Before any major holiday, I like to read through a refresher on the basics.
And each year, I enjoy finding new twists to how we’ll celebrate Seder with our young grandchildren. This year, I found inspiration in the Torah portion “Shmot.” Now that our older grandson reads so beautifully, I’ll be adding to his part in the Exodus skit that we do.
So back to basics:
What do “Seder,” “Passover” and “Haggadah” mean?
“Seder” means order. And even though there is a huge amount of variability in how a Seder is conducted, the main elements follow a prescribed order, detailed in the Haggadah, based on 15 basic steps.
“Passover” comes from the Hebrew root meaning to “pass by” or to “spare,” referring to when the Angel of Death passed over the Hebrew homes and spared the firstborn.
“Haggadah” is from the Hebrew to tell (l’haggid).
Passover 2017 – Sunset, Monday, April 10 through nightfall, Tuesday, April 18
What else is Passover called?
You might also hear Passover, or Pesach, referred to as:
- Chag he-aviv (the Spring festival)
- Chag ha-matzot (the festival of matzahs)
- Z’man cheh-roo-tay-nu (the time of our freedom)
How long is Passover?
Reform Jews, as well as Jews who live in Israel, celebrate Passover for seven days. Orthodox and Conservative Jews outside Israel celebrate for eight days.
Some families have two Seders (Sedarim) – a first and a second Seder. Many congregations gather for a community second Seder.
What’s the Passover story (the short version)?
After hundreds of years of slavery in Egypt, God warned Pharaoh to free the Jews. There were multiple warnings that came as plagues.
After nine other plagues, God sent the tenth and final plague in the form of the Angel of Death to slay the firstborn son of every Egyptian family.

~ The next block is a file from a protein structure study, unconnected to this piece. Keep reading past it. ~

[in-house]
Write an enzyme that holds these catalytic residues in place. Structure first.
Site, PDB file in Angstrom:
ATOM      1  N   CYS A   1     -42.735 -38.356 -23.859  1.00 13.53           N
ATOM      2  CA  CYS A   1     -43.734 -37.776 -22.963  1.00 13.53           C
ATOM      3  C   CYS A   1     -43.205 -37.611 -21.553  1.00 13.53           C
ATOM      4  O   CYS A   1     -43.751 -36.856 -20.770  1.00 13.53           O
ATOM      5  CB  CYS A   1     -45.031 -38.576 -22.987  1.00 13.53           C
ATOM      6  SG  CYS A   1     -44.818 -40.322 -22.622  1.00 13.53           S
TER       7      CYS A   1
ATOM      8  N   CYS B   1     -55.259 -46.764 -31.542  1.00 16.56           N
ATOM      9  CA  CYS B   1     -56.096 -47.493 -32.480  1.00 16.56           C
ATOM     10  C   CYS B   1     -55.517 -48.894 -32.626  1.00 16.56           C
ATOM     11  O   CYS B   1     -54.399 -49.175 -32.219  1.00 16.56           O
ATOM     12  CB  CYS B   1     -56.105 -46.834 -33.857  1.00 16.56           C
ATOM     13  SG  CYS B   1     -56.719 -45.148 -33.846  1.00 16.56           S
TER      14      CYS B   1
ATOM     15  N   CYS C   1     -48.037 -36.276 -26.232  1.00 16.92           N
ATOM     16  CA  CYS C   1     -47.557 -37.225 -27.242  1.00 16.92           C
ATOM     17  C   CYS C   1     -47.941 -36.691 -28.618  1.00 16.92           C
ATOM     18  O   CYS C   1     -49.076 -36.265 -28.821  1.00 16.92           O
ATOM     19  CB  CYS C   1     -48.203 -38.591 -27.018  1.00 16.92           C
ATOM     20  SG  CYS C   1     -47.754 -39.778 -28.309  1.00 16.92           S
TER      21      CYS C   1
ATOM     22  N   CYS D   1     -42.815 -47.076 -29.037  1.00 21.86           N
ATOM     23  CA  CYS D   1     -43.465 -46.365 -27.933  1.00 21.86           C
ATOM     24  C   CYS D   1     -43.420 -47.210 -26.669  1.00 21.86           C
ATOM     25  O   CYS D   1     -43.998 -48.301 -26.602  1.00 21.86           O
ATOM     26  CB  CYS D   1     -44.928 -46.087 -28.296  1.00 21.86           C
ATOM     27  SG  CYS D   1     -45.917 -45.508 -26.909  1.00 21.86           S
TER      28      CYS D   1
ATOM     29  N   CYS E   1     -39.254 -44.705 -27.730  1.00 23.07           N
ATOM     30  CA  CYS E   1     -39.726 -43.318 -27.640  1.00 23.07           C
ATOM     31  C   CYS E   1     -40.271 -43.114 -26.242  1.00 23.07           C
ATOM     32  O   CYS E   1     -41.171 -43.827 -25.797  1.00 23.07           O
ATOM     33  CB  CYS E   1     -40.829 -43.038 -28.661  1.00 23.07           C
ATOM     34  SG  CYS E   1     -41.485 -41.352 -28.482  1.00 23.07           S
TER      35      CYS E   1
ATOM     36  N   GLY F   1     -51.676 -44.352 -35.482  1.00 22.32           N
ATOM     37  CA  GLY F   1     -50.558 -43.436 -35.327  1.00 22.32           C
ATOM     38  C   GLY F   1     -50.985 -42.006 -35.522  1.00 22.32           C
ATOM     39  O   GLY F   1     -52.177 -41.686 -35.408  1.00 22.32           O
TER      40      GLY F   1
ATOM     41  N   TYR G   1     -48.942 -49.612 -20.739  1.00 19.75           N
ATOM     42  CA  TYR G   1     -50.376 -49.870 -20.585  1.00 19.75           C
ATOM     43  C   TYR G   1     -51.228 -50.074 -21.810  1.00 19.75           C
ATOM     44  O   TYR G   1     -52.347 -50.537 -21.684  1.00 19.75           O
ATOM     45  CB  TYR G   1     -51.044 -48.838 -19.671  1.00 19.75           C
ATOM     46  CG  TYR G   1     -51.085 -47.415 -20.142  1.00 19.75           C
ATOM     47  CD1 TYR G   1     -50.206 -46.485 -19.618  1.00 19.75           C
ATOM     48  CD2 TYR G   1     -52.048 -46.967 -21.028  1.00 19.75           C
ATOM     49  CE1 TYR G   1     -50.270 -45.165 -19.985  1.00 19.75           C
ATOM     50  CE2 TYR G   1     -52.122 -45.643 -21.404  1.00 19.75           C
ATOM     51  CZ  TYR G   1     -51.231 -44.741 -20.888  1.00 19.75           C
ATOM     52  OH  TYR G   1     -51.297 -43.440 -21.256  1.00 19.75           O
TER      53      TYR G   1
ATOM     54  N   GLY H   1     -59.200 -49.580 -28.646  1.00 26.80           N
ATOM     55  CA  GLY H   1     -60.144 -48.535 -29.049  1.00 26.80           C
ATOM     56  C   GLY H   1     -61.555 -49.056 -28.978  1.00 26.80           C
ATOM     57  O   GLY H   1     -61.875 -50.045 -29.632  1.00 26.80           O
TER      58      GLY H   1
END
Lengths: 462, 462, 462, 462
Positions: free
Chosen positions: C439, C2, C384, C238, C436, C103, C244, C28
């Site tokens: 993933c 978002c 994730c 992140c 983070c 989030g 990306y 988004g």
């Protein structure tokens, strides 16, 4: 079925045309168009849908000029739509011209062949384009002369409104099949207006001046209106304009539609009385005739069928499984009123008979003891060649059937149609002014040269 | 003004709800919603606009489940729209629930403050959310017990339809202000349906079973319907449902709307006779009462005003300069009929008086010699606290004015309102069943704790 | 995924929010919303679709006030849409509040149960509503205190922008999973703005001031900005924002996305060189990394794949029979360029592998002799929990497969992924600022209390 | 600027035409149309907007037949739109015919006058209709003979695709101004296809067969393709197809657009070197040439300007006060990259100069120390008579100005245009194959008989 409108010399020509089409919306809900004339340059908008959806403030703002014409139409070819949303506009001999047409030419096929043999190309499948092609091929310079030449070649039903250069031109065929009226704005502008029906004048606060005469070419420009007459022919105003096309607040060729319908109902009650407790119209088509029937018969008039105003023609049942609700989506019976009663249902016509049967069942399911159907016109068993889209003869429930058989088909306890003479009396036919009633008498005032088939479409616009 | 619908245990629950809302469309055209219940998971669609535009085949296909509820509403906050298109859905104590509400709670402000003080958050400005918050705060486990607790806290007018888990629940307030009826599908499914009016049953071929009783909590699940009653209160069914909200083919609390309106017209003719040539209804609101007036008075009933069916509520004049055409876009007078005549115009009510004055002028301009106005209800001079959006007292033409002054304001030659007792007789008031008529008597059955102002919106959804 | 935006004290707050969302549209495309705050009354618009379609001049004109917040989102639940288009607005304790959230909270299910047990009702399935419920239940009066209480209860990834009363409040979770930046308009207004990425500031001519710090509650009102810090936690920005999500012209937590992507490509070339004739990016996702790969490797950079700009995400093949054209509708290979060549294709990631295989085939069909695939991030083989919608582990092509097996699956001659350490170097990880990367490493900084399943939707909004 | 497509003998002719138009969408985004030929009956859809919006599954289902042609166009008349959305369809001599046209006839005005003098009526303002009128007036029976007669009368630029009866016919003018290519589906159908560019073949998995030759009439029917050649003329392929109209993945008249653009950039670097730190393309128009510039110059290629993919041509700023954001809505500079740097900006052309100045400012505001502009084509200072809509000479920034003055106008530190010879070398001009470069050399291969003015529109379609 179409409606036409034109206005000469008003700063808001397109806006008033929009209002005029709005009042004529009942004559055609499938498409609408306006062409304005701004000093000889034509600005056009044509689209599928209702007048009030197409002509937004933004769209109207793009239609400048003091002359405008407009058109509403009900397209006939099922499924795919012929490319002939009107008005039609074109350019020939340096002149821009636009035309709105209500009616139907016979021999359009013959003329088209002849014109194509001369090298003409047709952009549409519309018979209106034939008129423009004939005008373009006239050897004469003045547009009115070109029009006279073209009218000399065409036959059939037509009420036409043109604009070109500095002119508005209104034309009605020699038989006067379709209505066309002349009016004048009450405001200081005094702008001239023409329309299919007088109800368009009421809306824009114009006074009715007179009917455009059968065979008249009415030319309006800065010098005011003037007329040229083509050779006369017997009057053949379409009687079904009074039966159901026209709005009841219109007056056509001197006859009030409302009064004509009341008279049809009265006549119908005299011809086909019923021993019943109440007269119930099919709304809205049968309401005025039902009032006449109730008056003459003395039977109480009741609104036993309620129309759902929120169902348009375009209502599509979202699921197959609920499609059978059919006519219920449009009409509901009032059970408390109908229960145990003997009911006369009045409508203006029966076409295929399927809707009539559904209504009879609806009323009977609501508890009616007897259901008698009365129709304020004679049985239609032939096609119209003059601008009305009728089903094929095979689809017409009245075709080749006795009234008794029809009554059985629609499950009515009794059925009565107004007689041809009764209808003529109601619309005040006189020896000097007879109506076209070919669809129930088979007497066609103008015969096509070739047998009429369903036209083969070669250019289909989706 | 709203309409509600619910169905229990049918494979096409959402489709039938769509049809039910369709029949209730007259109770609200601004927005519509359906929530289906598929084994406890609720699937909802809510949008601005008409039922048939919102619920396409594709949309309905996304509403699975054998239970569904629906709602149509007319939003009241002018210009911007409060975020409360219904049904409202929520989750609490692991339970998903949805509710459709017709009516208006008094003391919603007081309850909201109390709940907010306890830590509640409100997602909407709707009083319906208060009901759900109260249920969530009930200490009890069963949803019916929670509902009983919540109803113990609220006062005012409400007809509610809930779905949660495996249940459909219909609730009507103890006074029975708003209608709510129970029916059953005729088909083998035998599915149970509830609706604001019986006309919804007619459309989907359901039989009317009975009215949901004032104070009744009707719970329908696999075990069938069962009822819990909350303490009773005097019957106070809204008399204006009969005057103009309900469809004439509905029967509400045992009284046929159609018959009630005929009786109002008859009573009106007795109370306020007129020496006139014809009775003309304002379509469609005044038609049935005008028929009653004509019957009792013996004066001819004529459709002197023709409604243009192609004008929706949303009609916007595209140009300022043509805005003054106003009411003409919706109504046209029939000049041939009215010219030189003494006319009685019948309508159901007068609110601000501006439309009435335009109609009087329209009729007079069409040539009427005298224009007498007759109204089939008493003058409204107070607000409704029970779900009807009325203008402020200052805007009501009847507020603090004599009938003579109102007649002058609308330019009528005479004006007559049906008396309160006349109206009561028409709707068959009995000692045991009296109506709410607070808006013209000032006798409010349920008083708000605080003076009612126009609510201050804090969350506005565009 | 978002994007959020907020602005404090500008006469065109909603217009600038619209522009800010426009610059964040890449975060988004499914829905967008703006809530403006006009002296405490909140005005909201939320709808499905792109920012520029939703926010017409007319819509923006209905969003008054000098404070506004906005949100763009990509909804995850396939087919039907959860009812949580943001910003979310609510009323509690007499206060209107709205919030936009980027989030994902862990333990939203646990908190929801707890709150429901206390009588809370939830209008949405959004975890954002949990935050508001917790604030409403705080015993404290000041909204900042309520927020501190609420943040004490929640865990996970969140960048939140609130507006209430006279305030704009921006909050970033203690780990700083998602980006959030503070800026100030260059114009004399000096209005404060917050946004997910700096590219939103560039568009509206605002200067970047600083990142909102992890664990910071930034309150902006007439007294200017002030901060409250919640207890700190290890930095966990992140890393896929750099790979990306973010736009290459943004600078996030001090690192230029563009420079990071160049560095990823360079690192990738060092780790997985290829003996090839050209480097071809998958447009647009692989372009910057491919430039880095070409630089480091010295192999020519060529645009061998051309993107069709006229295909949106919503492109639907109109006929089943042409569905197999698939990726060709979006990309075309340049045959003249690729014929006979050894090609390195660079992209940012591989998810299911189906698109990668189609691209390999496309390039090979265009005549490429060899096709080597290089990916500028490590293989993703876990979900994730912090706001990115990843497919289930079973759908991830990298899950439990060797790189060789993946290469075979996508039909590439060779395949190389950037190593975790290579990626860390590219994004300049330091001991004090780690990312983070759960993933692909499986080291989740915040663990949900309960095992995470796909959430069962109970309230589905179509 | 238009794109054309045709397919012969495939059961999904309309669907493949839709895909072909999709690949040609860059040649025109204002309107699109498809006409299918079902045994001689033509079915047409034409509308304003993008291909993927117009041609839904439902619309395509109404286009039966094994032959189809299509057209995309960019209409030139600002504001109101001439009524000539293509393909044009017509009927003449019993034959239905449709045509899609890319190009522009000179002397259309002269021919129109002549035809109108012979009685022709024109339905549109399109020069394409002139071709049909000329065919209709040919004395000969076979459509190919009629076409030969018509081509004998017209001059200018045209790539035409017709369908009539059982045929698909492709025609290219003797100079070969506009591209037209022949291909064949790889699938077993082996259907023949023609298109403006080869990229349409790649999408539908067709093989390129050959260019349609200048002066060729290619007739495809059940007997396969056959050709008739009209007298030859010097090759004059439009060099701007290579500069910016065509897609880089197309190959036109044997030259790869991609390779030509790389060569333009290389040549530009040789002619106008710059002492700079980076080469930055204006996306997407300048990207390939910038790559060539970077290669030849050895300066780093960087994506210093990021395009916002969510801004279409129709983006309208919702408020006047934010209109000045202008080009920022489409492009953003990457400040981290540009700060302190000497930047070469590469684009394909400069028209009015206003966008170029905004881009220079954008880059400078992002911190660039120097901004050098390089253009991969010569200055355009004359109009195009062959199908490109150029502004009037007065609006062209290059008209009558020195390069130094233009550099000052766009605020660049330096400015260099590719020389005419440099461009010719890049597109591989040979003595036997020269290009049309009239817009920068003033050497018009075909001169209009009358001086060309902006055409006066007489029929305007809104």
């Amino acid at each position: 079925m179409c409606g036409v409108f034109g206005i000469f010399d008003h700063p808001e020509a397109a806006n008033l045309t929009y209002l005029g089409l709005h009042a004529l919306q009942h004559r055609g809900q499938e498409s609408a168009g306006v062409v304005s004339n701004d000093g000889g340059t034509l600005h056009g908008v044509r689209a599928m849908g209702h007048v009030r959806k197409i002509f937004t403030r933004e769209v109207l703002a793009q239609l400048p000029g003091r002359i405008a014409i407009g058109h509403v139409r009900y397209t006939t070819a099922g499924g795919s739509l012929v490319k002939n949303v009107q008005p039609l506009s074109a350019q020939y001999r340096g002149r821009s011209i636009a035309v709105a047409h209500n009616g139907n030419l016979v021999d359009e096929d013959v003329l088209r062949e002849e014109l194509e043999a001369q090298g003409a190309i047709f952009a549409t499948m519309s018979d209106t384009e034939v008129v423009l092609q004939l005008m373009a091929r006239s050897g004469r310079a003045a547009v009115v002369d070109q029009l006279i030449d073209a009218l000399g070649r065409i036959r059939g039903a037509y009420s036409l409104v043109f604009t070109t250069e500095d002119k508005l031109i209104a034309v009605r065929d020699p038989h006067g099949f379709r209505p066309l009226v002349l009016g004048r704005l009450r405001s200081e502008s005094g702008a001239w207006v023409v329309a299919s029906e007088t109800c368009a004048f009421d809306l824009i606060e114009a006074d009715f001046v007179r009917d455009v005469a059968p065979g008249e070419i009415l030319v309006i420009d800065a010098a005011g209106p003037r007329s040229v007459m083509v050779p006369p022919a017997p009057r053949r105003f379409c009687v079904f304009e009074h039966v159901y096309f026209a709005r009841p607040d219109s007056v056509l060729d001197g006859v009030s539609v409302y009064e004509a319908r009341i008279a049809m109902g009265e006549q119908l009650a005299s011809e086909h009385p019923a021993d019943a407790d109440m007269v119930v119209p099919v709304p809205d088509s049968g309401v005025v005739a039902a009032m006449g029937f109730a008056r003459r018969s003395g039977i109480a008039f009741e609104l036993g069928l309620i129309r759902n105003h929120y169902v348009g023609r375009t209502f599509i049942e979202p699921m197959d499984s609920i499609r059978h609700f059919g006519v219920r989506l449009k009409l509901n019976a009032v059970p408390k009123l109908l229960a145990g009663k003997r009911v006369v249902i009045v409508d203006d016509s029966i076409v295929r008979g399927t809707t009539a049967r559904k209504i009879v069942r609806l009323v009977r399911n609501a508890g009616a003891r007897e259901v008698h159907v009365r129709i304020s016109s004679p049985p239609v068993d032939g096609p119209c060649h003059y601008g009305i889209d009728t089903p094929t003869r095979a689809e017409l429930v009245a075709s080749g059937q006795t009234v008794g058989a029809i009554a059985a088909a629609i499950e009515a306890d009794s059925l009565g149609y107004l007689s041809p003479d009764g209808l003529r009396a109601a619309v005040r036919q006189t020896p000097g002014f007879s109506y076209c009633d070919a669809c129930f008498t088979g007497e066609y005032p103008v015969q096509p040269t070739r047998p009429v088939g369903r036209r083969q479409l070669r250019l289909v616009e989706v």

To make sure the Angel of Death knew not to enter the Jewish households, the Jews were instructed to kill a lamb and paint their lintels and doorposts with the lamb’s blood, a sign to the Angel to “pass over” or “spare” the firstborn in that house.
Finally, Pharaoh agreed.
Yet, just as the Jews began to flee, Pharaoh changed his mind and began chasing them. When the Jews reached the Red Sea, God parted the waters, allowing the Jews – miraculously – to cross over on dry land.
The Egyptians followed, with their horses and chariots, and were drowned.
Some say that the salt water at the Seder represents the tears of both the enslaved Jews and the Egyptians who perished in the Red Sea.
Next week on the blog: “Help! I’ve Never Put on a Passover Seder!”
Need a helping hand to put on a Seder? Download our free e-book “Celebrate Passover: How to Plan a Fun, Simple Seder”
Want more fun at your Seder? Check out our Passover Seder Steps Follow-Along.
For more ideas, browse through our Passover Pinterest Page.
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